Oil Spill in Bangladesh – Q & A with Mike Ziccardi

Please see below for a video and a partial transcript from a Q & A session with Mike Ziccardi in regards to December’s oil spill in Bangladesh!



A cargo ship rammed a tanker in Bangladesh’s Sela River in December of 2014, spilling 92,000 gallons of oil into the world’s largest mangrove forest. The Sundarbans, which is where the spill happened, is listed as three different wildlife sanctuaries, and is a world heritage site. OWCN Director Mike Ziccardi was called in to help with the assessment, spending about two weeks in the country during the spill’s aftermath.

We sat down with Mike a few weeks after he got back to talk about the experience.

When were you called in to the situation?

A week after the spill, I was contacted with NOAA (National Oceanic and Atmospheric Administration) because the Bangladeshi government was considering using chemical dispersants to get rid of the oil. Due to my involvement with NOAA in writing the national guidelines for oiled marine mammal response, I was put on stand by and then deployed as part of the UN Mission along with USAID and other American experts from NOAA.

What was your recommendation regarding chemical dispersants in this case?

Chemical dispersants can be useful, but they can also be dangerous in sensitive habitats because it does not completely get rid of the oil, and the chemicals can introduce more concerns. The possibility of the chemicals being absorbed by a lot of creatures and plants was a large concern because the spill was very close to shore.

When is using a dispersant a good idea?

They are less risky to use in open water areas. In California we have the pre-approval to use some dispersants if needed, but they need to be used off-shore. For example, if they wanted to use a dispersant in the San Francisco Bay, there would need to be an extensive discussion with great consideration of the potential negative impacts.

What were some of the chief concerns in regards to this spill?

The Bangladeshi government became very concerned about the environmental damage to the Sundarbans and for the wildlife living there, particularly because there are more than twenty globally endangered species of wildlife in the area. The royal Bengal tiger lives in the Sundarbans, and we believe there are less than 200 of them in the area. There are also two species of dolphin (Irrawaddy dolphin and the long-nosed Gangetic river dolphin) that reside there, both of which are threatened or endangered internationally.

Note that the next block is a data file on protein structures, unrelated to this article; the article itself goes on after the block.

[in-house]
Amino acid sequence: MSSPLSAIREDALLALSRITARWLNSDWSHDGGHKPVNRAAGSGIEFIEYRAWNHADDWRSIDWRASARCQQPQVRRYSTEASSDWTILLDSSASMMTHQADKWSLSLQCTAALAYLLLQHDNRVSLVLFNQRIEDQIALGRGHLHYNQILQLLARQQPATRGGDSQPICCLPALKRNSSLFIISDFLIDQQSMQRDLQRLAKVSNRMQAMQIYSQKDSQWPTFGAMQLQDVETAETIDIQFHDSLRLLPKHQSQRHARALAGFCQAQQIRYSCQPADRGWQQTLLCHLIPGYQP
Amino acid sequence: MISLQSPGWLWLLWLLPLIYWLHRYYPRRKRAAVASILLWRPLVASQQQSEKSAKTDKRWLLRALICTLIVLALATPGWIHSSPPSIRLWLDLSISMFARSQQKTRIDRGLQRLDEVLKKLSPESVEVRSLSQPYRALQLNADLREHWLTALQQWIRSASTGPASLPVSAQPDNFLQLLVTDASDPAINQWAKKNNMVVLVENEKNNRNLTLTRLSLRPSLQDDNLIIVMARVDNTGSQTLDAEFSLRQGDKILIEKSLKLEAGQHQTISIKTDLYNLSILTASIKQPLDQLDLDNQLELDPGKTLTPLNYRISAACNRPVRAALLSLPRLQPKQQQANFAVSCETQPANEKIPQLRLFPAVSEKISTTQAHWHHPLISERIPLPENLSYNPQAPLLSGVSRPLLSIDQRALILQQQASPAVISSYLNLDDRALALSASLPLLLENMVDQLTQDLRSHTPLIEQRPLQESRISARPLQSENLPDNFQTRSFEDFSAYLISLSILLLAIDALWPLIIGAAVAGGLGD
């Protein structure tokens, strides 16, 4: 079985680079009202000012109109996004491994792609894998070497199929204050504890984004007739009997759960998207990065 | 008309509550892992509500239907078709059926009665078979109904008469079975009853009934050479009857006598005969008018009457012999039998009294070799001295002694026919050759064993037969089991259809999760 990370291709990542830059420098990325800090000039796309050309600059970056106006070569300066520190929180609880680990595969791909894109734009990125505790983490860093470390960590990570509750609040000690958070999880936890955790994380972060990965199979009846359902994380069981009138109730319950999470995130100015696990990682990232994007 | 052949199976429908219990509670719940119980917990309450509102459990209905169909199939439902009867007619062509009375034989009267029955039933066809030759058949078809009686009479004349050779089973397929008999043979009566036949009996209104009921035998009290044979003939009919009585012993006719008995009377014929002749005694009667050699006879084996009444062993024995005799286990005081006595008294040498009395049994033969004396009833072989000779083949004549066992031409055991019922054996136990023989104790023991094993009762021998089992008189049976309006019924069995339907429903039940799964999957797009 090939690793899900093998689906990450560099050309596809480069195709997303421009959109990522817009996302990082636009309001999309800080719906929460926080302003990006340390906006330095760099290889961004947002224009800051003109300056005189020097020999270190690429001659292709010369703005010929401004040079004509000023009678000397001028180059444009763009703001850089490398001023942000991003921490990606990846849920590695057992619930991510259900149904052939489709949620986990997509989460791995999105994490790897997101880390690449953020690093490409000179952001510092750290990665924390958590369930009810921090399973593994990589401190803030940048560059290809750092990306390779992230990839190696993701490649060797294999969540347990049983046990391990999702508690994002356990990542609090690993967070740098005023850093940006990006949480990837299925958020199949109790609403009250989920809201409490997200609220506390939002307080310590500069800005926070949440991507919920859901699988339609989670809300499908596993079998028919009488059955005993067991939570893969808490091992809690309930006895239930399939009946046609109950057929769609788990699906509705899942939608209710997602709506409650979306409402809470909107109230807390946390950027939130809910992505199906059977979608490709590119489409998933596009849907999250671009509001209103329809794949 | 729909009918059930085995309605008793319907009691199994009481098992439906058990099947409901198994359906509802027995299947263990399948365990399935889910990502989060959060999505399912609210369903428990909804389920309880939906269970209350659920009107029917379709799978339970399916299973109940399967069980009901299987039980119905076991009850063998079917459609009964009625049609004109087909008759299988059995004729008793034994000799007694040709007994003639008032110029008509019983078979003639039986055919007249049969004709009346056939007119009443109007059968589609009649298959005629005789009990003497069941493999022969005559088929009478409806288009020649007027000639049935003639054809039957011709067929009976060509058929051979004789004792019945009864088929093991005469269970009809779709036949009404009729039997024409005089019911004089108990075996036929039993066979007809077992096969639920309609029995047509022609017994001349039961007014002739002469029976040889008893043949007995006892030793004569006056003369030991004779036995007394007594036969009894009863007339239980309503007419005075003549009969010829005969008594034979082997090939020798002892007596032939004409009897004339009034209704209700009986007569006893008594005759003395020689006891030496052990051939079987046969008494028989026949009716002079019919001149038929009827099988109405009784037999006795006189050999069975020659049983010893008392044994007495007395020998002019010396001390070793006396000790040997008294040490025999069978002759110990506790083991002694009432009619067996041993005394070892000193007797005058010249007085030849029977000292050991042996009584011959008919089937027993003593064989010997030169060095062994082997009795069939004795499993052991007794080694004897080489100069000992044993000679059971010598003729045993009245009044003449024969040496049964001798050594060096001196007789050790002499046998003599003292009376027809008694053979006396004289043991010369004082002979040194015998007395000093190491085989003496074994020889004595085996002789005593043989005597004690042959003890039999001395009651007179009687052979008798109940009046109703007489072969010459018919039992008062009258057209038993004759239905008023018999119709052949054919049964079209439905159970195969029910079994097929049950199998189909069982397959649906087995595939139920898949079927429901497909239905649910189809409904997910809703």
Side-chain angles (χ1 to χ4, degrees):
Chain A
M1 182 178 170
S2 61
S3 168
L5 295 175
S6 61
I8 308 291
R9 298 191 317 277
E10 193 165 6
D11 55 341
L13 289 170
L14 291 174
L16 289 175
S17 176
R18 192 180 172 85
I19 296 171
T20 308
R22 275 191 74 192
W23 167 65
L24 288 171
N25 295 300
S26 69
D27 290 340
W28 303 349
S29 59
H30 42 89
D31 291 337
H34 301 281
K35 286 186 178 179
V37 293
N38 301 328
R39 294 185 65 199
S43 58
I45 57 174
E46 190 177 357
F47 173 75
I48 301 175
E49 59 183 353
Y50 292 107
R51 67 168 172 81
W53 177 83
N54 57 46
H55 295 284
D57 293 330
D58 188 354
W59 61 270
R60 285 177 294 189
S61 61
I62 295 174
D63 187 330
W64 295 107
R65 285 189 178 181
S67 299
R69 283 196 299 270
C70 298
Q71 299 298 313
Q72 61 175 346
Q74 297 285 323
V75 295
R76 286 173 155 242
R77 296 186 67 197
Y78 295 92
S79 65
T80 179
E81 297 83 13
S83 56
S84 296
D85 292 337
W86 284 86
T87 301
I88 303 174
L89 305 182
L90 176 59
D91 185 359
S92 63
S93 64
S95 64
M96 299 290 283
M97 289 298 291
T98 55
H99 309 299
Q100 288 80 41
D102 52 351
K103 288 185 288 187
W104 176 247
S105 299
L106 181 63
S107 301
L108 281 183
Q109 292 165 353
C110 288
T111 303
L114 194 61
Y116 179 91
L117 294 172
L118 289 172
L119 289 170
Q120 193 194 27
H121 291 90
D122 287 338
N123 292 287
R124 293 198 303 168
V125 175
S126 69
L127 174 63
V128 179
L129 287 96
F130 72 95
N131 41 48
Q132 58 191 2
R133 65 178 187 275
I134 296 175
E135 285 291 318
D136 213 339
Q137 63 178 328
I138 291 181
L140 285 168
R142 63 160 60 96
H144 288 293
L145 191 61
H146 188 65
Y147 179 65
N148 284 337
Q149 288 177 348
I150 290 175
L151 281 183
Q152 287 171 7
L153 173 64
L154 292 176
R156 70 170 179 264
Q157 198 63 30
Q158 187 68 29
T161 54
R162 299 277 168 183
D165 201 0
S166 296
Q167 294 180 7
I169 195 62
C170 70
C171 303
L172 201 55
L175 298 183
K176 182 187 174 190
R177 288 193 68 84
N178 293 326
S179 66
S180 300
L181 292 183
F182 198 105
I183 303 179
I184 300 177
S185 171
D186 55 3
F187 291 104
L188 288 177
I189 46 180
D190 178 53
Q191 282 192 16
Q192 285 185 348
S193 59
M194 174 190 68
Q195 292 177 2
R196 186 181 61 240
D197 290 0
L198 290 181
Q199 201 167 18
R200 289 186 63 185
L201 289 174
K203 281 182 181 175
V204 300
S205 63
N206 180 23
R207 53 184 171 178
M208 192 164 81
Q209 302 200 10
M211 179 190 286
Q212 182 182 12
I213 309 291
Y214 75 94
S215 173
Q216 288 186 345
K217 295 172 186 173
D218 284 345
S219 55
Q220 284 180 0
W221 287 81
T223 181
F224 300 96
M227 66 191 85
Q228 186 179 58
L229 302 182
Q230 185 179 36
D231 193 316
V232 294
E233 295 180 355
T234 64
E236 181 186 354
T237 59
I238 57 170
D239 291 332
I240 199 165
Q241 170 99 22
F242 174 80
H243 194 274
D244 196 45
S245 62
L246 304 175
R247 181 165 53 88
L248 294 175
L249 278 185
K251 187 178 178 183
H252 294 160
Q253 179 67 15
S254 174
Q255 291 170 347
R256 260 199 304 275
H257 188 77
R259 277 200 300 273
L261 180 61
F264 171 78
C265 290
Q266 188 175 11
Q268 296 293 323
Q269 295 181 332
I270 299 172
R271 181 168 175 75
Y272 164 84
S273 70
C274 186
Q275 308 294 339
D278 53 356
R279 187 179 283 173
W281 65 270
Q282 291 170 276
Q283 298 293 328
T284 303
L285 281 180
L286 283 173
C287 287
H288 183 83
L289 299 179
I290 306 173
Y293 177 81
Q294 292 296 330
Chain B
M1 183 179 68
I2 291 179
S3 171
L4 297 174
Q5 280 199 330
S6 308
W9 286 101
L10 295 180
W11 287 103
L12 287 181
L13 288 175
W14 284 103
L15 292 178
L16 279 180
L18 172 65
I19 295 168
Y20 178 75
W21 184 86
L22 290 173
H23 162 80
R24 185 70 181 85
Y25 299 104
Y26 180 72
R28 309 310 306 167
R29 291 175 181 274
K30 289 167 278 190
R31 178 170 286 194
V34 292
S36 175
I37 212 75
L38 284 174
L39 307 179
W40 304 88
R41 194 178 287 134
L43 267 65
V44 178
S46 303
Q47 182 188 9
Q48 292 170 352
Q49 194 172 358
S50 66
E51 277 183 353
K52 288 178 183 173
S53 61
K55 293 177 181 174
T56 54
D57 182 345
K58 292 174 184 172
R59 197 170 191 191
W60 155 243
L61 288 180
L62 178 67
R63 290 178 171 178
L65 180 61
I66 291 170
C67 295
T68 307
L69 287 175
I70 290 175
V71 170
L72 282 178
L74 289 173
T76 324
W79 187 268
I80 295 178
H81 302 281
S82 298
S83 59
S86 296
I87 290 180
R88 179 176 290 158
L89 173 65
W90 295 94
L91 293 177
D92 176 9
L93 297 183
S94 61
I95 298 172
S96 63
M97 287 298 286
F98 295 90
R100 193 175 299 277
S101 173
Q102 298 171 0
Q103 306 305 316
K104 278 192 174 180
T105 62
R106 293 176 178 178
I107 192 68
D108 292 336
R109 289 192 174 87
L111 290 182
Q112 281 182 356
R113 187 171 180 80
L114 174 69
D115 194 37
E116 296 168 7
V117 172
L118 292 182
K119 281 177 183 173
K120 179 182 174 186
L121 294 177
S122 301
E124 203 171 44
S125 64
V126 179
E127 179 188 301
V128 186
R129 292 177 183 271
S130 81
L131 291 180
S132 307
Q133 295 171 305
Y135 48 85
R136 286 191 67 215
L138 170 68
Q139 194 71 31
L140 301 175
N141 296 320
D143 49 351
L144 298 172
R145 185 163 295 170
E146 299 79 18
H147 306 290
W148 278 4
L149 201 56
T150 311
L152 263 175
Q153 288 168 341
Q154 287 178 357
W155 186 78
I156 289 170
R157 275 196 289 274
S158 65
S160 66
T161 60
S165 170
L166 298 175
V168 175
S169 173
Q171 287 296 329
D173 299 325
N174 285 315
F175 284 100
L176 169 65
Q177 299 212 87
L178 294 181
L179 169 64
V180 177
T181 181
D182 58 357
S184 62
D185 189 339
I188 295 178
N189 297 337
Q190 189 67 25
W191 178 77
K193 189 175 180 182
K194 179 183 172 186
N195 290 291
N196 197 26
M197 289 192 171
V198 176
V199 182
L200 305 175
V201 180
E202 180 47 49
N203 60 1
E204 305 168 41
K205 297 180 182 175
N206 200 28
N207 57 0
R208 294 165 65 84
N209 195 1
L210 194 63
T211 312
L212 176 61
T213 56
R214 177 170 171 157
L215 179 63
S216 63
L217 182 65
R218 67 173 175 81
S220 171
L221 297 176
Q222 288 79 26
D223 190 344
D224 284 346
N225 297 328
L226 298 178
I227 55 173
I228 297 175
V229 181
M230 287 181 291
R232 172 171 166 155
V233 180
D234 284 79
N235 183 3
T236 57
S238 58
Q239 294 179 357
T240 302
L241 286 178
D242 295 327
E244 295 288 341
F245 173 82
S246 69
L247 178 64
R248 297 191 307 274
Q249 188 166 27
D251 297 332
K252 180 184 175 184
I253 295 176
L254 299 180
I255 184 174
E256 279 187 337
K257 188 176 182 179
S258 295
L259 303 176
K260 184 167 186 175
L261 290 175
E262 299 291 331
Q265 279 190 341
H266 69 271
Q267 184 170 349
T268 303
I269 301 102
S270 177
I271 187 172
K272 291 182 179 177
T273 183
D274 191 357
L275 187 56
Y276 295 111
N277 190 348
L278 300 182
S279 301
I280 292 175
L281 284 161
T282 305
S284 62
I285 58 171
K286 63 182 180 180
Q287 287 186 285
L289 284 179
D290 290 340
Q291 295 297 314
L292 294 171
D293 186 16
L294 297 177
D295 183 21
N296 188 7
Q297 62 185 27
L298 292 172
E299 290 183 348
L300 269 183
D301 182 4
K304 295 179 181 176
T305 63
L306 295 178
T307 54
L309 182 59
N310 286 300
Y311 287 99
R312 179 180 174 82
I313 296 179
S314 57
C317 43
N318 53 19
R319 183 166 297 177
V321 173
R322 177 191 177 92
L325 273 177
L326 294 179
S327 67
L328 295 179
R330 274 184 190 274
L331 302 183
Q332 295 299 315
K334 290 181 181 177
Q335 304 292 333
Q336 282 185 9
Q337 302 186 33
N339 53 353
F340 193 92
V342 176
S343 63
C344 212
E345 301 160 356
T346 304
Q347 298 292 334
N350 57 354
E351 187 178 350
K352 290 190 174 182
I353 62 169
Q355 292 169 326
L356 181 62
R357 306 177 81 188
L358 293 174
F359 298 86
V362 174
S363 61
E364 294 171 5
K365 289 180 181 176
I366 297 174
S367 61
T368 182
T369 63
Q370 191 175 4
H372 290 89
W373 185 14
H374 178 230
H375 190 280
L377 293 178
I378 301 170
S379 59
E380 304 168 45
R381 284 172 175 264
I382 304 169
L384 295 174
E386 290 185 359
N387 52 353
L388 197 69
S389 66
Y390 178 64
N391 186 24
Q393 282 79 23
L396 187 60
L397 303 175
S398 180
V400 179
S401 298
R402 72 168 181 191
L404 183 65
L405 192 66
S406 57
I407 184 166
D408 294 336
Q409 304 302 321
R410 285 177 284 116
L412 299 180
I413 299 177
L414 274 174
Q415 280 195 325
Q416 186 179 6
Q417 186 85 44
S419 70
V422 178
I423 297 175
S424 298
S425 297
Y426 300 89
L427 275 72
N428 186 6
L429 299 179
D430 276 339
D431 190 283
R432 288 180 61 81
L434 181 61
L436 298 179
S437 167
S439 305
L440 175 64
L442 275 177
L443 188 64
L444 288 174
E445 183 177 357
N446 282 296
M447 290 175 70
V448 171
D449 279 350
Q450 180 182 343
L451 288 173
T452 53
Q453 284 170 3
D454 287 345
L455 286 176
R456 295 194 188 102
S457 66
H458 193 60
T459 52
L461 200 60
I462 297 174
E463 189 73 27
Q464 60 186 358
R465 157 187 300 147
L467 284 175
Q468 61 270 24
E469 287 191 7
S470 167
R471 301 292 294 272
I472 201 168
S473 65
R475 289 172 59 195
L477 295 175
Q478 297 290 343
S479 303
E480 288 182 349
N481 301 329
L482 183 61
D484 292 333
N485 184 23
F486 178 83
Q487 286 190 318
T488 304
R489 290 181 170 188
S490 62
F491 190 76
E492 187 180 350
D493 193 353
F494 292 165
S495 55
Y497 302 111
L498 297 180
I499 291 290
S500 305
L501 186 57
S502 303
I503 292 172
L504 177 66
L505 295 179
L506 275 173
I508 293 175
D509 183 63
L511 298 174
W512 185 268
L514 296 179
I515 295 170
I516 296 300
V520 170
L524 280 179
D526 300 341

What was the local response to the spill?

When an oil spill occurs, the first week is typically devoted to clean- up. With this spill, they had no spill response capabilities in the country. The Bangladeshi government did send some Navy ships out to use a contaminant boom (a temporary floating barrier used to contain an oil spill), but unfortunately the oil went right under the boom. A majority of the oil clean- up was done by local fisherman, with no protective gear, boots, gloves, or training on how to handle an oil spill.

How did the spill happen?

This passageway was a tanker vessel’s access to the sea. Unfortunately, the legal way to pass through this area was blocked off due to sediment build up, so shipping had to go through the Sela River. Commercial ships are not allowed in this part of the Sela River because there are three dolphin sanctuaries in the river and the spill actually occurred in one of them.

What was evaluated from the spill?

Four of the response subgroups were dedicated to mangrove, aquatic habitats, and the impacts on the people in the area. We were able to determine some of the acute impacts right away, however some of the recommendations we are making to the Bangladeshi government are long term, to make sure that we are looking at the overall picture. We want to continue accessing the environment and wildlife for at least the next 2-3 years for population changes.

What are the main concerns for the wildlife in the area?

The freshwater crocodile in the area are fairly endangered, and oil can affect the eggs that they lay. If the oil that is in the environment washes over the eggs, the population can be affected. There are also two populations of river otters, which are at a high risk of oil problems, so we need to monitor those. Of course the two populations of dolphins and the tigers all need to be monitored as well—to see if they are hunting and moving away from their habitats.

What are the next steps for the preservation of the Sundarbans?

Right now we have a report that was generated through the UN Mission which discusses the need for ongoing assessment of the Sundarbans, in addition to recommendations for response planning for future spills. I believe there will be a UN group going back to the Sundarbans and that the Wildlife Conservation Society will likely also be going back as they are the world’s leader in fresh water dolphin research and took part in the spill response. My hope is that they will be able to develop a plan for the dolphins in the area and for the people around the Sundarbans with local and international support.

— Interview and video by Desiree Aguiar and Justin Cox

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